Kanye West, Eminem, Jay-Z Inspire Morocco’s S7rawa Boys

By Xavier Rathlev

We all know Jay-Z, Kanye and Eminem’s rhymes impact a global audience. New York, Milan and Tokyo are given. But the African desert?

I first met the Louk Omar, Mnilik Irm Mohammed, and Klay (aka Joundi Smail Hafidi) here in Goulmima, Morocco, two years ago. They walked into my English class wearing flat brimmed Yankee caps, Kanye West sunglasses, baggy jeans and hooded sweatshirts. They called themselves S7rawa Boys (pronounced “SaHArawa”), and told me they wanted to be hip-hop stars.

I was skeptical at first. I was afraid that these guys had embraced a simplified, possibly distorted picture of American culture. I expected them to rap at me about drugs, making money, and getting with girls. Then they dropped their rhymes.

In “Full Stop,” the chorus lists a series of drugs in French (“Cigarettes, nicotine, heroin, ecstasy, cocaine”) and then in English says “Stop smoking and lets do it!”

In “Get Up,” the refrain “Get up! Change your life with us!”

“We like Eminem because he talks about real life, and real problems,” Louk told me.

“We rap about putting an end to smoking and drug use, stopping corruption, ending the racism between Berbers and Arabs, and discrimination between rich and poor.”

S7rawa Boys asked me to assist them with their hip-hop dream. They’d written songs, mixed beats, and recorded music before I met them. So I’ve tried to provide them with drive and direction to achieve their vision. I encouraged them. I helped them set deadlines, and record and distribute their first, self-titled album. We worked together to utilize the web to distribute their songs by creating Facebook and Soundcloud pages.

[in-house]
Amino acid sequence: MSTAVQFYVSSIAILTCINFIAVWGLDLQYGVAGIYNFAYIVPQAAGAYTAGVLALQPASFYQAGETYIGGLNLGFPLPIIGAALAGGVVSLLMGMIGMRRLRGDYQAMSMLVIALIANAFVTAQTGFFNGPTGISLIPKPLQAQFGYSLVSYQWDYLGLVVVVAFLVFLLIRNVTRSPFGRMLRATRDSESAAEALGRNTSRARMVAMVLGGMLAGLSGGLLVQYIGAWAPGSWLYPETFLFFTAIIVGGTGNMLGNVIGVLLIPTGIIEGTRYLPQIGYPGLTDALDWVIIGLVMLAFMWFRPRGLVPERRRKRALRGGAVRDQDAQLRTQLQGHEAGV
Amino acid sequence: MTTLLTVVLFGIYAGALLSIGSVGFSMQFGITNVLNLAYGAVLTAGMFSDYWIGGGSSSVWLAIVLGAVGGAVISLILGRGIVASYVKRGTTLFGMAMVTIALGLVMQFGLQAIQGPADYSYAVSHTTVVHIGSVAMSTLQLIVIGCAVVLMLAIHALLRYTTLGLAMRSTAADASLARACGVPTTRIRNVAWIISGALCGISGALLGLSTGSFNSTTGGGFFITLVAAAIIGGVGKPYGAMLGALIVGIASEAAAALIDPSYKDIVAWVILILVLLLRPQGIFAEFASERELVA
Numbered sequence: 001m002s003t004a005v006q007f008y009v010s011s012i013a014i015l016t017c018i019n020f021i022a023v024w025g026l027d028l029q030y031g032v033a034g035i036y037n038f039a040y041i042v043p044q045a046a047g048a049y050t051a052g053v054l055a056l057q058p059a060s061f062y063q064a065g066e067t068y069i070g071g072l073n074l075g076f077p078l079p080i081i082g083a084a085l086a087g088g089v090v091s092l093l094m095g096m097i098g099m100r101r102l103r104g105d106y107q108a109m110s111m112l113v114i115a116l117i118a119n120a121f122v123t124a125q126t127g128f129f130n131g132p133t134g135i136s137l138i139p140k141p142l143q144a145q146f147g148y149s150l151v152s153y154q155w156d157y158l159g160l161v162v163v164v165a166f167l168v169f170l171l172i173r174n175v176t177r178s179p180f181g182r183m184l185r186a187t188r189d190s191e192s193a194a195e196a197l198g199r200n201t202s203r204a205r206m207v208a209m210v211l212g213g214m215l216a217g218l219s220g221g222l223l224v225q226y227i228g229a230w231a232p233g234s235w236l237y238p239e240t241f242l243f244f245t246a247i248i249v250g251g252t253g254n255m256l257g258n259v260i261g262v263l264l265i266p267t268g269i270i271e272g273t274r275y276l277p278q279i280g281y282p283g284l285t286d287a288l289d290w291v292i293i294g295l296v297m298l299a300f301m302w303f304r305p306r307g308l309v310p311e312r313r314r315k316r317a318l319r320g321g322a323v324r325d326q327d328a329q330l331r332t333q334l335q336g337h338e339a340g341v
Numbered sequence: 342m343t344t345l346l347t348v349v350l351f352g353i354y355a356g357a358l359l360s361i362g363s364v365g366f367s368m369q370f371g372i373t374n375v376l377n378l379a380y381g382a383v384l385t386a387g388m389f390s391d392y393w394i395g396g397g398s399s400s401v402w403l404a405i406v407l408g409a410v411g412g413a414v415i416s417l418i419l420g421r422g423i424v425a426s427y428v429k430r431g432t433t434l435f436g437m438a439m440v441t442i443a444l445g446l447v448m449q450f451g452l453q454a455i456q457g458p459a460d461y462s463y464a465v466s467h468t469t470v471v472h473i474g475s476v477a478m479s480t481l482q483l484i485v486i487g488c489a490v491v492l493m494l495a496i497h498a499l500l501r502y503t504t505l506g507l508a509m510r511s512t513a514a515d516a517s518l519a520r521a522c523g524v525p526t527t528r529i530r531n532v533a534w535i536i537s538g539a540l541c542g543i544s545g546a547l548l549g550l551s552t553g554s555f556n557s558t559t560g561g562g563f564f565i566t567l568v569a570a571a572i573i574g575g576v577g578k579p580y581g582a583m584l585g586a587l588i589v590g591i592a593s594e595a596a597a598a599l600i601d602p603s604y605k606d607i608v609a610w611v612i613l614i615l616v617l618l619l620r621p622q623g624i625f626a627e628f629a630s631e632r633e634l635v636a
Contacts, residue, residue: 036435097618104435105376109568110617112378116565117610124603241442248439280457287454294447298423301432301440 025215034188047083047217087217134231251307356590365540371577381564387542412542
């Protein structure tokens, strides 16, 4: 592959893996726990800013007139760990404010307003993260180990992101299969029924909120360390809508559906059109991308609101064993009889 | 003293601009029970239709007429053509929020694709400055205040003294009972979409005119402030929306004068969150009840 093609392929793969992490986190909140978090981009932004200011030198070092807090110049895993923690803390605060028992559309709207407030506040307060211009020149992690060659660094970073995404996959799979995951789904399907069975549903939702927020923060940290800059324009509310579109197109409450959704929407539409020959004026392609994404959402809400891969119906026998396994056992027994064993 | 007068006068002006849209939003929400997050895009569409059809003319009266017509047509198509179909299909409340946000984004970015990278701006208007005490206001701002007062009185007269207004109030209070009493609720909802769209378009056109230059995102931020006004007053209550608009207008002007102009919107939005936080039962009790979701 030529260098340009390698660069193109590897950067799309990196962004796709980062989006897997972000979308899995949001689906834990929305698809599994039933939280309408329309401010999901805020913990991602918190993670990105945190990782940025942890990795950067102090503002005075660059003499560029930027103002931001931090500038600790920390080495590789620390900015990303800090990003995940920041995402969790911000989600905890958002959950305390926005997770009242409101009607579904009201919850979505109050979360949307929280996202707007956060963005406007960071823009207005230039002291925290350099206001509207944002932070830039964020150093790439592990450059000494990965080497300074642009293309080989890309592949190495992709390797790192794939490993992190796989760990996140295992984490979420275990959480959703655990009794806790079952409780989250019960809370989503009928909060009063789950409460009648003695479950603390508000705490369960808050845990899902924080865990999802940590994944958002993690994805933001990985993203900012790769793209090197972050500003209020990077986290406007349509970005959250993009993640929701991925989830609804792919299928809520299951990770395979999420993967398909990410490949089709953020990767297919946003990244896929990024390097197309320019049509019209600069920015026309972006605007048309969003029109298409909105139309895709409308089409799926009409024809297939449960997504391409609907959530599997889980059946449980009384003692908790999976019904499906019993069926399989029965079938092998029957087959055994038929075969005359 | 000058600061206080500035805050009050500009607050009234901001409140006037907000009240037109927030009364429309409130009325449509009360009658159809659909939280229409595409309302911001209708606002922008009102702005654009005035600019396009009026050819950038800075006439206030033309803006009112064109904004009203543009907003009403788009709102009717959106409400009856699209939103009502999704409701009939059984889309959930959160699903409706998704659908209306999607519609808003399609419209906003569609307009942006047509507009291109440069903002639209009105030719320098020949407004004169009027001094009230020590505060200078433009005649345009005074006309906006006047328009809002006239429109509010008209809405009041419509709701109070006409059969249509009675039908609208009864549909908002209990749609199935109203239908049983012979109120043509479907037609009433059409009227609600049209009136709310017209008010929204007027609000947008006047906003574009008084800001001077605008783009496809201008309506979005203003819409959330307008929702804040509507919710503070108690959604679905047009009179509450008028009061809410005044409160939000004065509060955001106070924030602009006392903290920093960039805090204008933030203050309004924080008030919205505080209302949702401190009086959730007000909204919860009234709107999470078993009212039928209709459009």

“Xavier has taught us many things about America and life,” Mnilik says. “He improved our English. He taught us how to throw an American Football. And he taught us to organize our time and focus on the finishing our first CD.”

It took some time, but the community has responded.

“At first some people in Goulmima responded negatively to our music,” Mnilik explained. “They didn’t understand rap or hip hop. They did not know our music could be positive. But we’ve explained our songs. We have a catchy hook, good beat, and a positive message. People like our music. The key is that they understand the message.”

“We have realistic career goals for our future, such as being an electrician, gym teacher, or construction worker,” Joundi says. “But we also dream of recording in a professional studio and singing in front of tens of thousands of people. If successful as a rap team, we want to travel the world and have a positive influence on how people treat each other.”

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